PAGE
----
Calgary-raised photojournalist leaves North Korea with trove of intimate images

A Calgary-born and raised photojournalist, now based in Vancouver, has published a book based on two trips to North Korea, normally considered inhospitable to foreigners.

'Values and priorities for a lot of the people aren’t that different from what they are here'

Photojournalist Austin Andrews was able to get some incredibly intimate photos of life in North Korea for his book, Red Star Utopia: Inside North Korea. (Submitted by Lorene Shyba)

A Calgary-born and raised photojournalist, now based in Vancouver, has published a book based on two trips to North Korea, normally considered inhospitable to foreigners.

Austin Andrews' Red Star Utopia: Inside North Korea is the product of a two visits to the country six months apart and a 36-hour train ride from one end of the country to the other.

He spoke with The Homestretch about what he learned and how it, at times, conflicted with his preconceived notions.

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This interview has been edited and paraphrased for clarity and length. You can listen to the complete interview here.

Four women sit out a round of rehearsals for a synchronized athletics routine under Pyongyang’s hulking Arch of Triumph. (Austin Andrews)

Q: Why did you choose North Korea as a project?

A: It was a case of the right place at the right time. It's a country I have been fascinated with for some time.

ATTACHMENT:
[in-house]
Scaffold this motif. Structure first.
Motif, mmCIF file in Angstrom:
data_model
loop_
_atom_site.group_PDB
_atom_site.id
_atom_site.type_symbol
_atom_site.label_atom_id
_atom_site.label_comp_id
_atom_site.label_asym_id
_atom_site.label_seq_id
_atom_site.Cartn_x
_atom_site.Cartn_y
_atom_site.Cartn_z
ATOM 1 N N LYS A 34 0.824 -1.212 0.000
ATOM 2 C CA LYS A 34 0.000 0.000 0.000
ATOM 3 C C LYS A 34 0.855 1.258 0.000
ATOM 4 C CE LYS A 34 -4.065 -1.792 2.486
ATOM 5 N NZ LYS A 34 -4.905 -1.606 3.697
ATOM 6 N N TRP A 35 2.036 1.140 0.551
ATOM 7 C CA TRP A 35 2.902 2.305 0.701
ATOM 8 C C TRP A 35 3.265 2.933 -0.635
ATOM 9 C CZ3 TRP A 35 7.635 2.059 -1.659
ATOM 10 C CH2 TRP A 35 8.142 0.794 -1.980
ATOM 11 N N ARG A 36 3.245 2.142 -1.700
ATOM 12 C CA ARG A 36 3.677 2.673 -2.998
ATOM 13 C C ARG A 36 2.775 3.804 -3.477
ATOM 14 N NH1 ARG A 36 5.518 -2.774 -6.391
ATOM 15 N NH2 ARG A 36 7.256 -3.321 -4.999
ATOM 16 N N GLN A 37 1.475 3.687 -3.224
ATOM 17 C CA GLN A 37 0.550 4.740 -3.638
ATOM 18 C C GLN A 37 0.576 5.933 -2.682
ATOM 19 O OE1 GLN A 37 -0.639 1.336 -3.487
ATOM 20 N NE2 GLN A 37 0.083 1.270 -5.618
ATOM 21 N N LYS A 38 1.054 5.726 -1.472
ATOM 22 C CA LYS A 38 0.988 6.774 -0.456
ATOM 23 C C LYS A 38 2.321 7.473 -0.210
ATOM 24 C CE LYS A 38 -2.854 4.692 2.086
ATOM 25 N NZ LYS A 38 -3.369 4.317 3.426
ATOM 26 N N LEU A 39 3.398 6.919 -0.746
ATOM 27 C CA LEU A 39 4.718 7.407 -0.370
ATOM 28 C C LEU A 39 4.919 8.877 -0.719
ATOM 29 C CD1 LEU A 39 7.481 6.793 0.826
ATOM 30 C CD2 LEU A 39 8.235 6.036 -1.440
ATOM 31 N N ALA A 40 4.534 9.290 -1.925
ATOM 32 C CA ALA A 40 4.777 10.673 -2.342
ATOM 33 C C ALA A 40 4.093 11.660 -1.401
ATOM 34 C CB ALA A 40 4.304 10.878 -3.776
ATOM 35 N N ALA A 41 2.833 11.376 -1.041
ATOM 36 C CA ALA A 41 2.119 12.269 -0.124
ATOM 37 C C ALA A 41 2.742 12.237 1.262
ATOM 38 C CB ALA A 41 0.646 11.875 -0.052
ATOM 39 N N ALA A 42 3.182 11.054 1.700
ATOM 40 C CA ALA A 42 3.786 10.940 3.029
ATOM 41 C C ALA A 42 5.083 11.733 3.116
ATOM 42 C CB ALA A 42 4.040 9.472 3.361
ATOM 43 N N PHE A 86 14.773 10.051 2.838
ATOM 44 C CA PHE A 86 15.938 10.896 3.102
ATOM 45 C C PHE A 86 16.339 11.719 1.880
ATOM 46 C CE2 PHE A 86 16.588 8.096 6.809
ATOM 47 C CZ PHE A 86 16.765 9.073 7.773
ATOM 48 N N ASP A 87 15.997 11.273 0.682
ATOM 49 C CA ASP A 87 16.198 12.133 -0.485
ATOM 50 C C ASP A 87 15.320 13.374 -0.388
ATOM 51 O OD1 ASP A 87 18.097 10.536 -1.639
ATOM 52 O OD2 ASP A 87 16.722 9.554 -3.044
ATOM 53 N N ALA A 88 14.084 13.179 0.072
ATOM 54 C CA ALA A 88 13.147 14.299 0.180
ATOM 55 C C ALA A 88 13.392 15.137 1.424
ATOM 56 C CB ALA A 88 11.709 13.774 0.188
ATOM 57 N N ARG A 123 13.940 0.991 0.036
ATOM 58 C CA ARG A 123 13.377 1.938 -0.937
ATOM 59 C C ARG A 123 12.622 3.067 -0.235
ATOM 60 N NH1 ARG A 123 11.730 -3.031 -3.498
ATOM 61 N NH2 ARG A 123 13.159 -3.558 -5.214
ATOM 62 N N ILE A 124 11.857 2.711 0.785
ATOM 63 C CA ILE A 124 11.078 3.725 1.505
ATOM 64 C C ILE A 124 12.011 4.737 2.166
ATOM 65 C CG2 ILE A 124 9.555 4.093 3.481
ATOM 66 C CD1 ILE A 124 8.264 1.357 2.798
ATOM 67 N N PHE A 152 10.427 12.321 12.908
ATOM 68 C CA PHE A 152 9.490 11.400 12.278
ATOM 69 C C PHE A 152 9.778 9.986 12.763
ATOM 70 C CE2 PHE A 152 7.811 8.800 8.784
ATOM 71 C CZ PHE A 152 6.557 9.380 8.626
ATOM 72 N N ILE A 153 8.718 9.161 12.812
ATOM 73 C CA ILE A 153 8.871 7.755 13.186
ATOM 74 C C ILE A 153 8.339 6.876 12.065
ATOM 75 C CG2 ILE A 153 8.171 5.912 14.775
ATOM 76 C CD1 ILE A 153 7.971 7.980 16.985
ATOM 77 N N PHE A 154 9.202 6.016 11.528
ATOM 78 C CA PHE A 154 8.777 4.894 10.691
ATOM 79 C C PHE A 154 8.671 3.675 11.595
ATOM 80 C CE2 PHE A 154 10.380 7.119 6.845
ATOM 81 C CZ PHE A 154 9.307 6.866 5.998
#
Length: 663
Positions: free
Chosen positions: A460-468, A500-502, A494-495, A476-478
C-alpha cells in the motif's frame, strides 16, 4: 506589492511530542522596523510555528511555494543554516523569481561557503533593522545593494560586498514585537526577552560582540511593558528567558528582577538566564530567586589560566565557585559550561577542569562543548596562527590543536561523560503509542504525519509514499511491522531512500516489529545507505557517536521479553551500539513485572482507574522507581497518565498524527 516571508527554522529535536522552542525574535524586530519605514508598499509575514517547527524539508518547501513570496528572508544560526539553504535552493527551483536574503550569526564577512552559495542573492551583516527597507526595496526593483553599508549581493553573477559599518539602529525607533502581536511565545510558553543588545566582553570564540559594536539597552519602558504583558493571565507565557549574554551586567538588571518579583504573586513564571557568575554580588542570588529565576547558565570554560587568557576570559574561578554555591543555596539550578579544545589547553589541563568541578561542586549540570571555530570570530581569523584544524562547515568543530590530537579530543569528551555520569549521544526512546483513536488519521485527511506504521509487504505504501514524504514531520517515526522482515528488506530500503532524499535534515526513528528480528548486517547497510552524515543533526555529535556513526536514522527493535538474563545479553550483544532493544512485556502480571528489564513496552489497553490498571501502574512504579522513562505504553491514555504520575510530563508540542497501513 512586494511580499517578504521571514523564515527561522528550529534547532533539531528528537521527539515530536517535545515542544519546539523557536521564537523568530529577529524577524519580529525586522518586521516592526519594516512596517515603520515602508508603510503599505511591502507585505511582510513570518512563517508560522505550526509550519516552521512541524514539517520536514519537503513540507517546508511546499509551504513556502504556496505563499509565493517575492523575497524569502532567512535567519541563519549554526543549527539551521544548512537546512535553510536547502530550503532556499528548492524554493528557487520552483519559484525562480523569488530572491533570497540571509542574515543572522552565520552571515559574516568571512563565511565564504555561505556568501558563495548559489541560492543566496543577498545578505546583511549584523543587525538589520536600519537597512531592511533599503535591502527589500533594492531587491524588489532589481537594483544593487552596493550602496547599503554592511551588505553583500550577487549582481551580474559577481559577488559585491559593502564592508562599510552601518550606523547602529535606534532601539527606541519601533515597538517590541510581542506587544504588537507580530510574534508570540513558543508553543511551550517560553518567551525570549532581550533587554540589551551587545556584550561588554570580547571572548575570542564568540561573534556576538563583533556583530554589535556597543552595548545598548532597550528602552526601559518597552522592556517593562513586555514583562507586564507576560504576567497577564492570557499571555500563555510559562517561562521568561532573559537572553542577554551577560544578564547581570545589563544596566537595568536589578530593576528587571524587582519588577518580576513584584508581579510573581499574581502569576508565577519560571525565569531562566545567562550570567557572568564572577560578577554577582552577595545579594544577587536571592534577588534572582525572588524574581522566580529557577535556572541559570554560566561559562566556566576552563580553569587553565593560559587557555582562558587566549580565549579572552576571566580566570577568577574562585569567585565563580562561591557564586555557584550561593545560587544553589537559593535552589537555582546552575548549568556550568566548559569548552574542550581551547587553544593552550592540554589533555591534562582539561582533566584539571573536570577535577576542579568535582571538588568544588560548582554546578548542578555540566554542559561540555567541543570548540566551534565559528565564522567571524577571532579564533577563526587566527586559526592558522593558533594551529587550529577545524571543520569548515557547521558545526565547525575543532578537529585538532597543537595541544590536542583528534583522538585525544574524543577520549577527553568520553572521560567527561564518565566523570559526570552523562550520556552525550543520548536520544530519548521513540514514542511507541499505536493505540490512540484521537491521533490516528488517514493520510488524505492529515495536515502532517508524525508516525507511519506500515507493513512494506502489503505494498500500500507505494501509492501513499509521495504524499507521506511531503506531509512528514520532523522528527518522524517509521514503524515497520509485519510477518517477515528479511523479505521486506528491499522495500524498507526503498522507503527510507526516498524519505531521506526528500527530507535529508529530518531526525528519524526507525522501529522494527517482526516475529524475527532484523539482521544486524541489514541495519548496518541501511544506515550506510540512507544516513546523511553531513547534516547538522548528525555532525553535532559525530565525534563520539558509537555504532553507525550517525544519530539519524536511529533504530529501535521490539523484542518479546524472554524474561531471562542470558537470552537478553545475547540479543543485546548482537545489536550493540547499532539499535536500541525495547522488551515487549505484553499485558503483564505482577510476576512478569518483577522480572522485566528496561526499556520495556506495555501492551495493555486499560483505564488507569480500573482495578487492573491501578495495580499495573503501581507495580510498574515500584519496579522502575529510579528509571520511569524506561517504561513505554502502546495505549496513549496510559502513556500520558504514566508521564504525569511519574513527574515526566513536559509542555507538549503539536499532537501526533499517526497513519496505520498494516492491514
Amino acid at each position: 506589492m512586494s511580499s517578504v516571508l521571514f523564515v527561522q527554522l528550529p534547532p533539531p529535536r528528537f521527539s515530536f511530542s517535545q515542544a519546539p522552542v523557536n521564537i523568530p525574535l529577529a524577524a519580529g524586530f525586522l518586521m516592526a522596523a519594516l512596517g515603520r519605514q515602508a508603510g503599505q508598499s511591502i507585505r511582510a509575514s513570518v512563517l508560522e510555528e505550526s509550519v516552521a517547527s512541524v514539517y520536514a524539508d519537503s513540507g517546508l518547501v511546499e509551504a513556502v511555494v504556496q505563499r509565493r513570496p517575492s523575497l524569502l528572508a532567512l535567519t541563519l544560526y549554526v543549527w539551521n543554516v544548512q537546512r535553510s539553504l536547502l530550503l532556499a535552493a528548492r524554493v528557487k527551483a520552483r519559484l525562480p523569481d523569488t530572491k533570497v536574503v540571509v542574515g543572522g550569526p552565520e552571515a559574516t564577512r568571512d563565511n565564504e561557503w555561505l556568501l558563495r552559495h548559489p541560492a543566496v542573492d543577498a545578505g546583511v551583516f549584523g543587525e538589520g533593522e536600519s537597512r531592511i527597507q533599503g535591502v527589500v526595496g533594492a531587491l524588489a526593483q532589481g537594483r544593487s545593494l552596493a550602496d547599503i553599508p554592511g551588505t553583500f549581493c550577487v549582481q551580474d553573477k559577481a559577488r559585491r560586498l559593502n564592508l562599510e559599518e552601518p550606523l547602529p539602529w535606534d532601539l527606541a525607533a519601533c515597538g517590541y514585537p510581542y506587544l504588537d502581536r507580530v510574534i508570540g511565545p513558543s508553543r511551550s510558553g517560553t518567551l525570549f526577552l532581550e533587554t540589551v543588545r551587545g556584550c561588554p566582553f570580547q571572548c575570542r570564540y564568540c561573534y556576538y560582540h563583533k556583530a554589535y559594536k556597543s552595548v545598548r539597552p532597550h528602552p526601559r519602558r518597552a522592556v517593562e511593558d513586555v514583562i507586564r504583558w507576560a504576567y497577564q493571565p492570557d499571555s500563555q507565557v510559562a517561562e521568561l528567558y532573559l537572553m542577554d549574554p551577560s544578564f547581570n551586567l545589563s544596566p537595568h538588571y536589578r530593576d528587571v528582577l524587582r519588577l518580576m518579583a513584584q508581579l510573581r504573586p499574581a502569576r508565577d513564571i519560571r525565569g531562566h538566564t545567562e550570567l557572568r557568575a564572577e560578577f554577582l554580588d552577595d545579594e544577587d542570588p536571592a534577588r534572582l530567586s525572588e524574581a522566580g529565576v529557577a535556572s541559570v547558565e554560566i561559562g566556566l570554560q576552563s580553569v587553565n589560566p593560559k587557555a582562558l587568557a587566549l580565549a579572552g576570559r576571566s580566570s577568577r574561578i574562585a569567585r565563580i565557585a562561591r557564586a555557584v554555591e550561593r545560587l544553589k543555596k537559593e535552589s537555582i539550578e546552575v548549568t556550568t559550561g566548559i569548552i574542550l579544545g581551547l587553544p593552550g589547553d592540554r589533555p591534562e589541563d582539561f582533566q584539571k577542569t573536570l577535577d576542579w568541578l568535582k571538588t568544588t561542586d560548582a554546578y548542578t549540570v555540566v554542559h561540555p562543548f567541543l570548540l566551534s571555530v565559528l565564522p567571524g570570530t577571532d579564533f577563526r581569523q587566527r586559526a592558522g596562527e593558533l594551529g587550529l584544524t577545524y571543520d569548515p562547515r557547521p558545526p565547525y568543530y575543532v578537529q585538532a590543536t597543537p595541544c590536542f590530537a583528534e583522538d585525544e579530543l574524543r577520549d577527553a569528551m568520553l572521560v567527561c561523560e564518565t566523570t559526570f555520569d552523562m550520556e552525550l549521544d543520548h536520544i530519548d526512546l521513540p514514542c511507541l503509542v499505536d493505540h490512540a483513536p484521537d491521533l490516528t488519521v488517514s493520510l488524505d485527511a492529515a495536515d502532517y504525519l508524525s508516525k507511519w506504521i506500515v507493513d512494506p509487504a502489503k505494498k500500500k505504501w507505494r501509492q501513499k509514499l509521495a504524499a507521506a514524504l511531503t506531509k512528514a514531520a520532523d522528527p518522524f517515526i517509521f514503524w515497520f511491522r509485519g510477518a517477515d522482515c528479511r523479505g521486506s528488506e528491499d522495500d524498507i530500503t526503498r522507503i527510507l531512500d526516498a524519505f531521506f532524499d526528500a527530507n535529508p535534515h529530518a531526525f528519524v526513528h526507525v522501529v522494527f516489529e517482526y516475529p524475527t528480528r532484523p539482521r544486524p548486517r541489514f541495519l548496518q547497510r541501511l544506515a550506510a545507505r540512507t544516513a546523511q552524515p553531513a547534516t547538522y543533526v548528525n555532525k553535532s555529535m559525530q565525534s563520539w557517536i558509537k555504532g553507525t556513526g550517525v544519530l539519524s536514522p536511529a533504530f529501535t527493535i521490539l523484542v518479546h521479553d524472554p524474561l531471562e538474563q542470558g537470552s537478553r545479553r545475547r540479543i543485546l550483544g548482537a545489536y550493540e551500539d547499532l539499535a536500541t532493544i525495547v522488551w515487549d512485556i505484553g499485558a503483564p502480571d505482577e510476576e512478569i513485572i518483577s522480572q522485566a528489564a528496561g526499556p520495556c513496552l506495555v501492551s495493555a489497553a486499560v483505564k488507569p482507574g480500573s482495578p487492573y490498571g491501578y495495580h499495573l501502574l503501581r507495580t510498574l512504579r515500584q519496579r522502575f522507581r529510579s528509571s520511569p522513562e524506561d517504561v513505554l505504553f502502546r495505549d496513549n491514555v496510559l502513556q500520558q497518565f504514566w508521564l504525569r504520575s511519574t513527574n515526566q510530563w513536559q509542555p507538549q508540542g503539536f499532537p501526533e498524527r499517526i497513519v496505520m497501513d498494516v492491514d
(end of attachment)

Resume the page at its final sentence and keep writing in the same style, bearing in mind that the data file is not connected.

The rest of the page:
A big part of my work as a photojournalist is to look at places that are underrepresented, underreported or misreported. There are few countries today, that that can be said about more than North Korea.

They were considering opening up this train route across the whole country to westerners for the first time.

It's a journey that goes through closed cities, these decaying centres of industry, mountain passes and parts of the country that hadn't really been seen previously.

I got in touch with the main company that facilitates travel into North Korea for westerners and made a pitch to take some photographs.

I had an opportunity to be the first tourist to take this local train without a guide and that formed the backbone of the project.

Schoolgirls chat on the way back to their village from market in rural South Hwanghae province. (Austin Andrews)

Q: Did the authorities know these photos would be published?

A: That's a hazard they are aware of with almost anyone entering the country.

It's almost a right of passage for westerners who visit to come back and post something.

My aim was to observe and to try to understand what it is to be a part of the rhythms and routines of this strange country that doesn't really exist anywhere else in the world.

Drizzle mists a view of the Mansudae Grand Monument, seen across the Taedong River from East Pyongyang. (Austin Andrews)

Q: It's almost like being an explorer. Tell us about some of these photos you took and the stories behind them.

A: That was the real hope. To find images that represent the sum total of my experience in that country, to see some of those spots that reflect what life is like for the 25 million people who are going about their day-to-day lives.